Student Spotlight: Goodnews Ihueze (Summer '20)
"Alright, who wants to share their journal reflection?"
That's how I'd begin my workshop this past summer. No one wanted to share at first. Journaling...for a class? Who does that? I was teaching Girl Power: On the Streets and in the Books, a seminar on the history of feminist movements in the US. I had three exceptional young women in the workshop. I knew that beginning to explore part of their history, the history of women, would be an inherently personal experience. I remember reading Charlotte Perkins Gilman's "The Yellow Wallpaper" in my US History class in high school. I was reading Audre Lorde's biomythography at the same time. I couldn't help but consider how my story was the legacy of the history these women changed.
I wanted to give my students space to explore that pivotal intersection–the intersection between the personal, political, and academic. So I asked them to submit a written reflection on their lives in the context of our class discussions. This exercise empowers students to approach academic texts with a sense of urgency rather than view them in a strictly abstract way.
With time came familiarity. Then comfort. Then vulnerability. Their journal entries grew progressively more robust. The final project was to write a piece of creative nonfiction that somehow connected to themes from the class. Goodnews Ihueze (Summer ‘20), a rising high school senior from New York City, wrote a powerful poem. “I got more comfortable expressing myself while writing,” Goodnews said about journaling. “Through that I was able to write this poem. A lot of me is in the writing.”
I asked Goodnews why she was drawn to poetry. “It was hard for me to vocalize my thoughts in an essay format,” she said, “how would I convey the struggles of being the only Black girl or the only vegan?” She decided to experiment with form. “Let’s see if things start to make more sense if I write a poem,” Goodnews said. Unsure where to start, Goodnews thought, “what if I try to format my poem as the first half of a school day.”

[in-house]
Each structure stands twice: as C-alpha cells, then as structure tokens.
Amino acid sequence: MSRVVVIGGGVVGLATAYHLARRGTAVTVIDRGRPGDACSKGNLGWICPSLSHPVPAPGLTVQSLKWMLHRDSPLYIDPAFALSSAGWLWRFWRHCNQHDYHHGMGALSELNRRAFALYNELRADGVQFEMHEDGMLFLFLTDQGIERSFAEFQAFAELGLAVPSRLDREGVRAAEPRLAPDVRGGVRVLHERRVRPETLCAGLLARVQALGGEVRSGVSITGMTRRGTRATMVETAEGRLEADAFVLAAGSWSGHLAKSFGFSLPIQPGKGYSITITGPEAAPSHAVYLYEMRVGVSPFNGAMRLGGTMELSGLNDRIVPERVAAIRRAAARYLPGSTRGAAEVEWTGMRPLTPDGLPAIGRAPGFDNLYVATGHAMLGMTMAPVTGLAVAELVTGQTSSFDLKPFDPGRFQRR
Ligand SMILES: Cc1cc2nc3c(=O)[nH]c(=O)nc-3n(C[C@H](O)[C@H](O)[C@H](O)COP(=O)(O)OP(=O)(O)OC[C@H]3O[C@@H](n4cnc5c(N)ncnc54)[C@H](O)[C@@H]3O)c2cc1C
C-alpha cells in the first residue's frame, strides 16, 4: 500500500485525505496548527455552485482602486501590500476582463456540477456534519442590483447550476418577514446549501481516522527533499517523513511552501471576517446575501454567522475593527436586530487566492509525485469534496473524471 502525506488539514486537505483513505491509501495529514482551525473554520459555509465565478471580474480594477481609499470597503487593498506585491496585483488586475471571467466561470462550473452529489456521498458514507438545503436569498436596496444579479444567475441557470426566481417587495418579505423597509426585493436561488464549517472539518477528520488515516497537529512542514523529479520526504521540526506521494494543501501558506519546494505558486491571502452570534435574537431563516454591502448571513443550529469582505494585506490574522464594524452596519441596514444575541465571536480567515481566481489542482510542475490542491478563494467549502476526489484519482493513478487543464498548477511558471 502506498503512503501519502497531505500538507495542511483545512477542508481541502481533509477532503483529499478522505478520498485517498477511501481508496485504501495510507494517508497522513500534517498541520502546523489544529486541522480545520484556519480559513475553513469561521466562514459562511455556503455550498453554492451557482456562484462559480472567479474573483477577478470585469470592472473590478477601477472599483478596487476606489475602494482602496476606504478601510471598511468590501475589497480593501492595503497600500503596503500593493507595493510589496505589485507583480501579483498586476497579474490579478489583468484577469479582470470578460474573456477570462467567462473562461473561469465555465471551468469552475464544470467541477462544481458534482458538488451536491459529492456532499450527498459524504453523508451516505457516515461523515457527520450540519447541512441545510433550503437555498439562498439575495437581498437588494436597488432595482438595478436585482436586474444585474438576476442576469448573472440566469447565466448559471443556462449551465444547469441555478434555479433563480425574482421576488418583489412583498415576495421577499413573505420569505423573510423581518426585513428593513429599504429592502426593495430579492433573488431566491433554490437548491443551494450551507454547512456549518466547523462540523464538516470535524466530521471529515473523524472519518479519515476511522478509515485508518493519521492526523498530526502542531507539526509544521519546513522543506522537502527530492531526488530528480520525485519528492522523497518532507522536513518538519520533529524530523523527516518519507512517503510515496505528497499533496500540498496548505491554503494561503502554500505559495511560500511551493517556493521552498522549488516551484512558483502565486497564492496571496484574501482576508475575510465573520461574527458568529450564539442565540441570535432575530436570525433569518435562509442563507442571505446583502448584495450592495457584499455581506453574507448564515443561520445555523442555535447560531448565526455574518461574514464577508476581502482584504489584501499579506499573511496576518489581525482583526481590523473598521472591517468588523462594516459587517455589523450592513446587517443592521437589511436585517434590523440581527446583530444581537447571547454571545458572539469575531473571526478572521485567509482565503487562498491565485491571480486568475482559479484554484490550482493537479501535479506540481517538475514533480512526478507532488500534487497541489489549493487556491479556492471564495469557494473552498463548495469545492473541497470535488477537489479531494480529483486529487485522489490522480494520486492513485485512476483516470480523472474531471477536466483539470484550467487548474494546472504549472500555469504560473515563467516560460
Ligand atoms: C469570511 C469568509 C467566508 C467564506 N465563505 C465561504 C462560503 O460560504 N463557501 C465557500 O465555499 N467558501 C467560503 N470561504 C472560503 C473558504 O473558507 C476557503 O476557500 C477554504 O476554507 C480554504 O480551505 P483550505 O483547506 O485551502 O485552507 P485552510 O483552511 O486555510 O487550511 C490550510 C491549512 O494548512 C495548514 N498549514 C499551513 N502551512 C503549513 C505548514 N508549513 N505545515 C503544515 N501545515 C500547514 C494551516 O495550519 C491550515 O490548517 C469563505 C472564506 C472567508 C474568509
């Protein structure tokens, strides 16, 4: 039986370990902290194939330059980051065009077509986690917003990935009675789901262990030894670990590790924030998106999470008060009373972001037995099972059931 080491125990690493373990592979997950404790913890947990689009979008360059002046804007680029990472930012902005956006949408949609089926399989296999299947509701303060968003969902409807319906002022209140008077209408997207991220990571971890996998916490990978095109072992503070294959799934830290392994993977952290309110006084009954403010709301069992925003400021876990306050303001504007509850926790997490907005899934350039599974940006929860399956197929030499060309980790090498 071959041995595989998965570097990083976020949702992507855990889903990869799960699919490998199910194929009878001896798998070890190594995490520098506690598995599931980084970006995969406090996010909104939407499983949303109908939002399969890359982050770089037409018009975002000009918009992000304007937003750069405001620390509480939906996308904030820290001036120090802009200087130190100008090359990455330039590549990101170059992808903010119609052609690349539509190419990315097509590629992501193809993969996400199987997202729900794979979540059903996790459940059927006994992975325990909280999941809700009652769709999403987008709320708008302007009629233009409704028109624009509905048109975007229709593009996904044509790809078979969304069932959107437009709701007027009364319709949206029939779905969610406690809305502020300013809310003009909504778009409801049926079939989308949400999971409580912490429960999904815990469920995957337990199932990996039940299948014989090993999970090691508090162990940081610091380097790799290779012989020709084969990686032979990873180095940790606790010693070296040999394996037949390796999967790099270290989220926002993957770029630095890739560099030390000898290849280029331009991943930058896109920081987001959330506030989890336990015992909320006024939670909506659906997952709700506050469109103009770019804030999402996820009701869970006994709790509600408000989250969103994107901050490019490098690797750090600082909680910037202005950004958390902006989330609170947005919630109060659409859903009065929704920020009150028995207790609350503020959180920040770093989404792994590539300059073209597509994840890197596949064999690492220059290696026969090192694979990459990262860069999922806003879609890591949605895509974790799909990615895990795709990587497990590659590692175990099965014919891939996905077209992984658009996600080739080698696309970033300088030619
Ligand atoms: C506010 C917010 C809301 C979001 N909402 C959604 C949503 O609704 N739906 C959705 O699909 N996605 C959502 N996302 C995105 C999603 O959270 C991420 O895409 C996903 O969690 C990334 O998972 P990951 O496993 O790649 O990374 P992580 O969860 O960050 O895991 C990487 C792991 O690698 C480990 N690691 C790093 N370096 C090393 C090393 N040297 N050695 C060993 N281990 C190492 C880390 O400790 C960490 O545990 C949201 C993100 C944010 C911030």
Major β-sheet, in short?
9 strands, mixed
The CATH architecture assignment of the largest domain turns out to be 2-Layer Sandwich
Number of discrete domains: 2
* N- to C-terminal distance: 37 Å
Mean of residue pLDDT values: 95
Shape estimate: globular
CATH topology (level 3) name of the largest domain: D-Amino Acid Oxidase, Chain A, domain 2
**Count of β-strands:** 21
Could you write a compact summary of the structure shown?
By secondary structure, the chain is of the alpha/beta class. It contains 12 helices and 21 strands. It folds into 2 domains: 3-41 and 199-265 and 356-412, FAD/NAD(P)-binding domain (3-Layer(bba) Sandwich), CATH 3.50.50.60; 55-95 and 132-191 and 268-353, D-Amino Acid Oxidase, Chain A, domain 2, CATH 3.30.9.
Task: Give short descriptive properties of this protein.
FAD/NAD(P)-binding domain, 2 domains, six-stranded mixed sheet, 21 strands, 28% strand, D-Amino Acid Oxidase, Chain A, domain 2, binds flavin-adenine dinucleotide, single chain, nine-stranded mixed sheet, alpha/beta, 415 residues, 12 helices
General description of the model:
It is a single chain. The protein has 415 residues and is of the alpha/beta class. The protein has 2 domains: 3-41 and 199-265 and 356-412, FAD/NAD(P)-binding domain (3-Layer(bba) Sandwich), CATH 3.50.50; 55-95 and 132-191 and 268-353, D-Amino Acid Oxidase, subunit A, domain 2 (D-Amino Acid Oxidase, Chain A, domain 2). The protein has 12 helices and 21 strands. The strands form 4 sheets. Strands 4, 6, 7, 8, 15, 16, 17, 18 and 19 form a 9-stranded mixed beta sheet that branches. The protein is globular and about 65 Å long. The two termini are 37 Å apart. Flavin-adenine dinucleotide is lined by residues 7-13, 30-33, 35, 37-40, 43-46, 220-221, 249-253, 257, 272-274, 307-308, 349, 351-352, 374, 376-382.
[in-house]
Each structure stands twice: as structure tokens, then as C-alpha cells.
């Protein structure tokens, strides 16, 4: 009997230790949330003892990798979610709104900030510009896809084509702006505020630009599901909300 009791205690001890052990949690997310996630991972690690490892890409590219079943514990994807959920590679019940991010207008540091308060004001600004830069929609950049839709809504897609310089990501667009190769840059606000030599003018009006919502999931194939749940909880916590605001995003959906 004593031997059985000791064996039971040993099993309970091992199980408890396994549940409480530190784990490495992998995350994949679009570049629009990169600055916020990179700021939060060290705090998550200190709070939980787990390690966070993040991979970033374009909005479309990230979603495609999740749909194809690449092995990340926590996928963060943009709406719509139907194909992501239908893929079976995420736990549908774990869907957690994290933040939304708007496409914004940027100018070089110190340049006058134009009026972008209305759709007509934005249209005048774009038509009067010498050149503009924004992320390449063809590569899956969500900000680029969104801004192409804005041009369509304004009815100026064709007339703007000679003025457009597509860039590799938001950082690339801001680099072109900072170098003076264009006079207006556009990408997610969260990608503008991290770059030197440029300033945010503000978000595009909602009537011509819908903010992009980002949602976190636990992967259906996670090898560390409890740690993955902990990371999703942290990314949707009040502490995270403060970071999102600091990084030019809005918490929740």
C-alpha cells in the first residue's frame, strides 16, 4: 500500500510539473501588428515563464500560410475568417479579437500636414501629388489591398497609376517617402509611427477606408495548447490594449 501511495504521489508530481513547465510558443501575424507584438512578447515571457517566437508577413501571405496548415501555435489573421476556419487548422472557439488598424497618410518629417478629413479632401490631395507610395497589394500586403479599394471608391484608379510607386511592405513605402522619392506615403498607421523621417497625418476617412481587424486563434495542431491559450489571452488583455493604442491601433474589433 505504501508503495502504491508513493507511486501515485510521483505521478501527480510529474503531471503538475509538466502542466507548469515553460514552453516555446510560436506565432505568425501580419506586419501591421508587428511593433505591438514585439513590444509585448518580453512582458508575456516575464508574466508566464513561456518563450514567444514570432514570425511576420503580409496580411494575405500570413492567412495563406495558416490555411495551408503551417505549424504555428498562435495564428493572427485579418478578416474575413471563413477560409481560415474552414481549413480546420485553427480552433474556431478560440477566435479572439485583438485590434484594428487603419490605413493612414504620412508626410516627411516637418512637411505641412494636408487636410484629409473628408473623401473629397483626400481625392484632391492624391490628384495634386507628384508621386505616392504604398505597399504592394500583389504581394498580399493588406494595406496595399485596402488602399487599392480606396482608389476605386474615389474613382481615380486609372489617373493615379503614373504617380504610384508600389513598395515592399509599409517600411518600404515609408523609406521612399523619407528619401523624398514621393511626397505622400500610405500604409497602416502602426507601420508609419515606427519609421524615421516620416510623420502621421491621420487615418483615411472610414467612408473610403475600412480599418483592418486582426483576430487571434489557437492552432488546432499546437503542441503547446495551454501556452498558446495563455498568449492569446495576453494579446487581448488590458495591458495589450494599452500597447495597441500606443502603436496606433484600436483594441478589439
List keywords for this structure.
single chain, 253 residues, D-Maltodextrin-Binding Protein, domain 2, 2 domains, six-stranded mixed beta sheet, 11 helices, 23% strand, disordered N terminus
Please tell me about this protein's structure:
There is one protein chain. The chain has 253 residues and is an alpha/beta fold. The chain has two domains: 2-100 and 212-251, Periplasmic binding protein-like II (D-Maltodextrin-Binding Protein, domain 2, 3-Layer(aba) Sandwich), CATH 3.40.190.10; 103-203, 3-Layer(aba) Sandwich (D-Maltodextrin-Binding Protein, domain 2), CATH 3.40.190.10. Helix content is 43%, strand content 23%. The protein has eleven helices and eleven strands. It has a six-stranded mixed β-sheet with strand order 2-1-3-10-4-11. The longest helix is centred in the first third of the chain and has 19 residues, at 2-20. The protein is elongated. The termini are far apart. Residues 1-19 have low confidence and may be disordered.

The resulting piece is a poignant exploration of Goodnews’ high school experience. As you read her words, notice the footnotes where Goodnews explains some of the stories behind her words.
1 Goodnews: I was an admissions ambassador in middle school, but I never made that transition in high school. However, I distinctly remember being asked to do tours and admissions events, even though I wasn't part of the team. There are a lot of admissions ambassadors, and a lot of those people aren't people of color. I figured there would be a Black family at the admissions event that the school needed me to represent. Hey, a Black person goes to this school! It used to be a big problem when they would invite photographers. It seemed that the photographers had been told to target the people of color. I remember multiple times when a photographer would come up with a camera, and I'd say no, yet they'd try and get my picture at another point in the day. It was very stressful.
2 Goodnews: The wording is based on a SpongeBob meme, which points out empty words.
3 Goodnews: At school, it was the salad bar or a bagel. It's surprising that there aren't a lot of cheap vegan options near my school. I'm sure if I wanted to have unhealthy vegan options I could. But for the most part, it wasn't cheap.
These annotations have been edited and condensed.
Cece King is the Editor of The Lightbulb. Have a question we can investigate? Curious about a speaker, class, or teacher? Email The Lightbulb any story tips at firstname.lastname@example.org.